Lecia Bushak: Why Hand Sanitizer May Actually Harm Your Health

Stacy Rapacon: Great Funds You Can Own for $500 or Less

Cameron Huddleston: 7 Ways to Save on Home Decor

The Kosher Gourmet by Steve Petusevsky Exploring ingredients as edible-stuffed containers (TWO RECIPES + TIPS & TECHINQUES)

Jewish World Review May 21, 2014 / 21 Iyar, 5774

Obamacare's Dangers for Seniors

By Betsy McCaughey




JewishWorldReview.com | On May 7, the Obama administration boasted that Obamacare was improving health care quality for seniors, pulling out a bag of statistical tricks to prove it. But a closer look shows that they're not improving care. They're skimping on it, socking seniors with unexpected bills for "observation care" and likely shortening their lives.

President Barack Obama's Health and Human Services Department announced that fewer seniors discharged from the hospital are returning for additional care within a month's time. HHS claims that this drop in "readmissions," from 18.5 percent in 2012 to 17.5 percent in 2013, signals quality improvement. Nonsense. The 50 best hospitals, according to U.S. News & World Report Best Hospitals annual rankings, have above-average readmission rates.

Nationwide, readmissions rates are dropping because Section 3025 of Obamacare punishes hospitals if a senior returns within 30 days.

What happens to the senior treated for a heart attack who rushes back to the hospital a week later feeling faint, possibly because of arrhythmia? To dodge the penalty, hospitals put the patient under "observation." It's just a word on the chart. The patient may get the same tests and be put in the same room as if he'd been admitted. But unless he stays at least two nights, the hospital won't bill Medicare for a stay, and the patient gets clobbered with the cost. Many seniors don't even know they were under observation until they get the bill.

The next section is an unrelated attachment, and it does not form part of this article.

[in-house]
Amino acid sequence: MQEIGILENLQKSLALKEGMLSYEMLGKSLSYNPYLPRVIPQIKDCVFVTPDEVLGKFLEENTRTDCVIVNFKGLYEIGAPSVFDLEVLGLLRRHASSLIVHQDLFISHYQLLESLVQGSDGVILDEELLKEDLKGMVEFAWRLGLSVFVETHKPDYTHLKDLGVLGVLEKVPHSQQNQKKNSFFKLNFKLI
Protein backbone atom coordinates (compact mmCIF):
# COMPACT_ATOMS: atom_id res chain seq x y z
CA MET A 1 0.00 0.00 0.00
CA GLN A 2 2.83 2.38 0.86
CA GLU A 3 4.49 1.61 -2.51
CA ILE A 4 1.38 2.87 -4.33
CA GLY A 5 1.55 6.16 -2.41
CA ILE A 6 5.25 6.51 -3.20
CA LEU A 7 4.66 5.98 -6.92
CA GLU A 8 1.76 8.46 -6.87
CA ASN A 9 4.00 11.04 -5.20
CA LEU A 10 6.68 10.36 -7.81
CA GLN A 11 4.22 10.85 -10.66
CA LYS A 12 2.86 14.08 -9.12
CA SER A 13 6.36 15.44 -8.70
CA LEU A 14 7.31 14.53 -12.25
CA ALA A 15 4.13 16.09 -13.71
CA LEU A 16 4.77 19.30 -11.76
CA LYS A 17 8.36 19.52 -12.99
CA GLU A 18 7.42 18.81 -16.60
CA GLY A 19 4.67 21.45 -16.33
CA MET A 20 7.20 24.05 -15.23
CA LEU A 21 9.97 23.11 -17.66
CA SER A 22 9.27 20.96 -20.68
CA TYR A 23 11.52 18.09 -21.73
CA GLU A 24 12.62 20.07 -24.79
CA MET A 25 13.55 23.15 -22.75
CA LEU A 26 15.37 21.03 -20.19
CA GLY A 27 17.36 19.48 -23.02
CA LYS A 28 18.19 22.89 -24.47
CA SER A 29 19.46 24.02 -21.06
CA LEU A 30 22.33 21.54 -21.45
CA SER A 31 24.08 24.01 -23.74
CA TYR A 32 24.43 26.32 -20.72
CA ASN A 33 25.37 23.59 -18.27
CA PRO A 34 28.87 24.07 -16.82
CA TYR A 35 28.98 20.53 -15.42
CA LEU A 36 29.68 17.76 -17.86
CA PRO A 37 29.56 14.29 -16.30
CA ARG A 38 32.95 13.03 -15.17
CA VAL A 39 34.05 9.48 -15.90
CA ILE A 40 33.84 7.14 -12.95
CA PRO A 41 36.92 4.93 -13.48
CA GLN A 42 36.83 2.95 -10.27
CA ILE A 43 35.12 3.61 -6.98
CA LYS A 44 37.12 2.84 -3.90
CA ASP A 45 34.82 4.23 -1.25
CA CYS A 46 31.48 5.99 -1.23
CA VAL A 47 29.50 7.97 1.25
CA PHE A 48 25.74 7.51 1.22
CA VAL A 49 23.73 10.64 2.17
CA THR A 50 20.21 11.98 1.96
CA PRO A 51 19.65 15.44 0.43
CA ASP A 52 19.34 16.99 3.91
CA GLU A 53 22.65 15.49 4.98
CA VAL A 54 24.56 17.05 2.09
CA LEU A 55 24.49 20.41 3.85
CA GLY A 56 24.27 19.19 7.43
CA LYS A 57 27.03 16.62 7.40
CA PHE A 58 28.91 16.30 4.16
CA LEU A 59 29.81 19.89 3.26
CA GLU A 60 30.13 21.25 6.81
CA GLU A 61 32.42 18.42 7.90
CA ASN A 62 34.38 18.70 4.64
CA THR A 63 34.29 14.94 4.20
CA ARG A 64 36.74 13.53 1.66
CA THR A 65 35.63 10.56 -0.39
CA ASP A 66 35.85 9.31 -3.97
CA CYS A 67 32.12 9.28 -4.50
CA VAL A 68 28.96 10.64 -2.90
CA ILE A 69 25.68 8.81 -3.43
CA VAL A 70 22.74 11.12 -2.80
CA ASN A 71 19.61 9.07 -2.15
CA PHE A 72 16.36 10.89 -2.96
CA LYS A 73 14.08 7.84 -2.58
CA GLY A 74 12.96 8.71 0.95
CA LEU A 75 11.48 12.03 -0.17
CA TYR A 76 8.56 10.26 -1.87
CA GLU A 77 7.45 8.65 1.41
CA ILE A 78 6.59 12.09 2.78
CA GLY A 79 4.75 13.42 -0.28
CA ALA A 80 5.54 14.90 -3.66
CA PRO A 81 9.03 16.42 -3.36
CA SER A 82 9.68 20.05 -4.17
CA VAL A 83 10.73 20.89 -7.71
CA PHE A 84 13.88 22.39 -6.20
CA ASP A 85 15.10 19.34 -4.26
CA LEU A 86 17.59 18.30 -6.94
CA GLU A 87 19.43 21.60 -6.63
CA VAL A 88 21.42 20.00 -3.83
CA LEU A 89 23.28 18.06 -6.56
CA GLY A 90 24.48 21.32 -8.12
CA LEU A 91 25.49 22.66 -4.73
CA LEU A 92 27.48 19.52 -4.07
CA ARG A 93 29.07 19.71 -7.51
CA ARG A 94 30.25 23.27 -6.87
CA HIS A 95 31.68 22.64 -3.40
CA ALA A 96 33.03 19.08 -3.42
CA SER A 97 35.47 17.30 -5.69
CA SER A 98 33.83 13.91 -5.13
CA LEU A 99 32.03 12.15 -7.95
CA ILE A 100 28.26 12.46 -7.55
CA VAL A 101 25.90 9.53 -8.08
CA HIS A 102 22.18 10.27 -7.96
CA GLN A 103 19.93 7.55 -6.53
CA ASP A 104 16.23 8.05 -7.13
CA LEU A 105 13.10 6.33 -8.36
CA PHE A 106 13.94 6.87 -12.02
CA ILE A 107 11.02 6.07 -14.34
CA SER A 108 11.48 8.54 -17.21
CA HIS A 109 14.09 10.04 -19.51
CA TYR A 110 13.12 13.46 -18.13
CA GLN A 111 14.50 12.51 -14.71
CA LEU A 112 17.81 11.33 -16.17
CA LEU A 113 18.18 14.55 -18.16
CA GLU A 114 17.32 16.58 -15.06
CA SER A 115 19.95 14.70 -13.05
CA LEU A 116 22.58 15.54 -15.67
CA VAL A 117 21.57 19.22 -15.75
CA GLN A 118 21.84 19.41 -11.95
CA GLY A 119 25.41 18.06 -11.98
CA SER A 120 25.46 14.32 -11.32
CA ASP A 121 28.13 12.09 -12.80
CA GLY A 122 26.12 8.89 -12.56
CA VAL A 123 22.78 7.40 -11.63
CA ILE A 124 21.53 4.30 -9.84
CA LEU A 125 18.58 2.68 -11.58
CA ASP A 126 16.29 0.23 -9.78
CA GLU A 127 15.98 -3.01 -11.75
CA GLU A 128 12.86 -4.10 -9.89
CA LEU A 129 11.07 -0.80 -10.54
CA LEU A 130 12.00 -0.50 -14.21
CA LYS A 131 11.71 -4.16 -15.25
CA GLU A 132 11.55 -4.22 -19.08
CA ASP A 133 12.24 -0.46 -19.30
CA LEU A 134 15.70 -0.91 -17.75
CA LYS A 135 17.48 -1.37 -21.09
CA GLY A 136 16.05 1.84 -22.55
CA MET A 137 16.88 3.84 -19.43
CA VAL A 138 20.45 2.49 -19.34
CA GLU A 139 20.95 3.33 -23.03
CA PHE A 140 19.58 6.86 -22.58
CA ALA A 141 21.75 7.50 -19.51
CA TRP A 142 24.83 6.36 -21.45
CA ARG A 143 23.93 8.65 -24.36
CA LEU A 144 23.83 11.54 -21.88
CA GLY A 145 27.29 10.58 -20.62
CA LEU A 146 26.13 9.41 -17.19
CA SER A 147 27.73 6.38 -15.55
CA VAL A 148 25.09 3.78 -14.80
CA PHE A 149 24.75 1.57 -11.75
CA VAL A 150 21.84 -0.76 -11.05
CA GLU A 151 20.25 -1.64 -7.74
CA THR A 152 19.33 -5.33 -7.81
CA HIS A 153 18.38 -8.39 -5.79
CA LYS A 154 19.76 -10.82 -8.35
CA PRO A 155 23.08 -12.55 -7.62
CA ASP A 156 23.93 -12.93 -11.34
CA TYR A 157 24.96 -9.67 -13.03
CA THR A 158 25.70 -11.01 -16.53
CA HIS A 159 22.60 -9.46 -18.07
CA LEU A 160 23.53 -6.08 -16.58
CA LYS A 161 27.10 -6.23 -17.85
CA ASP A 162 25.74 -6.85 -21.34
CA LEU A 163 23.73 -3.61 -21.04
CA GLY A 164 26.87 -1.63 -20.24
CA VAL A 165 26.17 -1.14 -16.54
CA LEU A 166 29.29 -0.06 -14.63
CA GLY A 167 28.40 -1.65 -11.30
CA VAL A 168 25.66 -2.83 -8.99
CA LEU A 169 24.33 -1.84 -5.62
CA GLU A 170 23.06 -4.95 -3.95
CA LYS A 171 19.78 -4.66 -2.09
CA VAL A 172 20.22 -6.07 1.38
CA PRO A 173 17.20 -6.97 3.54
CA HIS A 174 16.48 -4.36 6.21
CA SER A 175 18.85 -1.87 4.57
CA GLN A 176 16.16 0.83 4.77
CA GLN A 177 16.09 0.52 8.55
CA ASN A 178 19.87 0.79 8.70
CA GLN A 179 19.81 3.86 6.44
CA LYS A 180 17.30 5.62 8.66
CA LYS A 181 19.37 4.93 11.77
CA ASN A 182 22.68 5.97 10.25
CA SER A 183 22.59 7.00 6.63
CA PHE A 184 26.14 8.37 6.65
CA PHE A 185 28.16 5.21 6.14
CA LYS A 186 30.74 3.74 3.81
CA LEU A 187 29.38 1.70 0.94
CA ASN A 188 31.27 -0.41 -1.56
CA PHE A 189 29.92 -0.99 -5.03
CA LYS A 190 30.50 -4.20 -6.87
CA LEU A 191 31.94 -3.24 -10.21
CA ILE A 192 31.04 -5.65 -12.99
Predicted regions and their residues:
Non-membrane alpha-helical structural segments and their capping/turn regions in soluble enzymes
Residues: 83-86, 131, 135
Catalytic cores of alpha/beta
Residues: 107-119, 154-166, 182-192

So much for HHS boasting about the drop in readmissions. HHS officials fail to mention that it coincides with a rise in elderly patients placed under "observation status." It's a hospital billing trick, and a dirty one for seniors.

It's true some readmissions are unnecessary and can be avoided if patients follow up with their doctors and take their meds after leaving the hospital. Low-income patients are less likely to do that, and hospitals caring for the poor are getting whacked hardest by Obamacare's readmission penalty.

Penalizing readmissions is one of the law's ploys to reduce Medicare spending, never mind the impact on seniors. Cuts in future Medicare spending pay for over half the law, robbing Grandma to fund health coverage for other groups.



The Obama administration plans to expand the readmissions penalties in 2015 to apply to many more conditions. It's no wonder medical experts are protesting.

Dr. Ashish Jha, a professor at the Harvard School of Public Health, says it's bogus to equate declining readmissions with quality. Many top academic hospitals have high readmission rates because their patients have serious illnesses and complications needing repeated stays. Jha says the gold standard for measuring a hospital's quality is how many patients survive a specific disease, such as pneumonia or congestive heart failure. That's the measure U.S. News & World Report uses.

Dr. Bruce Lytie, chairman of the Cleveland Clinic's heart and vascular programs, also warns not to trust claims that lower readmissions signal quality. His research indicated that often hospitals with high readmissions rates do the best job of saving patients' lives.

Don't trust Obamacare's definition of "value," either. Everyone wants value, but Obamacare defines it in a way that produces the opposite: dangerously skimpy care for seniors. Section 3001 sets up a bonus system to reward hospitals for "value." Bravo for rewarding hospitals that prevent infections. But the lion's share of bonus points go to hospitals that spend the least per senior.

That cost-cutting will shorten lives. Evidence from 208 California hospitals shows that Medicare patients treated in the lowest-spending hospitals had a worse chance of surviving their illness and going home than patients with the same diagnosis treated at higher-spending hospitals. The research, sponsored by the National Institute on Aging and RAND, found that heart attack patients were 19 percent more likely to die at low-spending hospitals. Who would want those odds?

Over a four-year period, 13,613 seniors who died from pneumonia, stroke, heart attacks and other common conditions at California's low-spending hospitals would have recovered and gone home had they received more care. And that's just in one state.

Ignoring this evidence, Obamacare incentivizes hospitals in all 50 states to imitate low-spending hospitals that are deadly for seniors. That's some definition of value.

Betsy McCaughey is a former lieutenant governor of New York and the author of "Beating Obamacare." She reads the law so you don't have to.


Betsy McCaughey Archives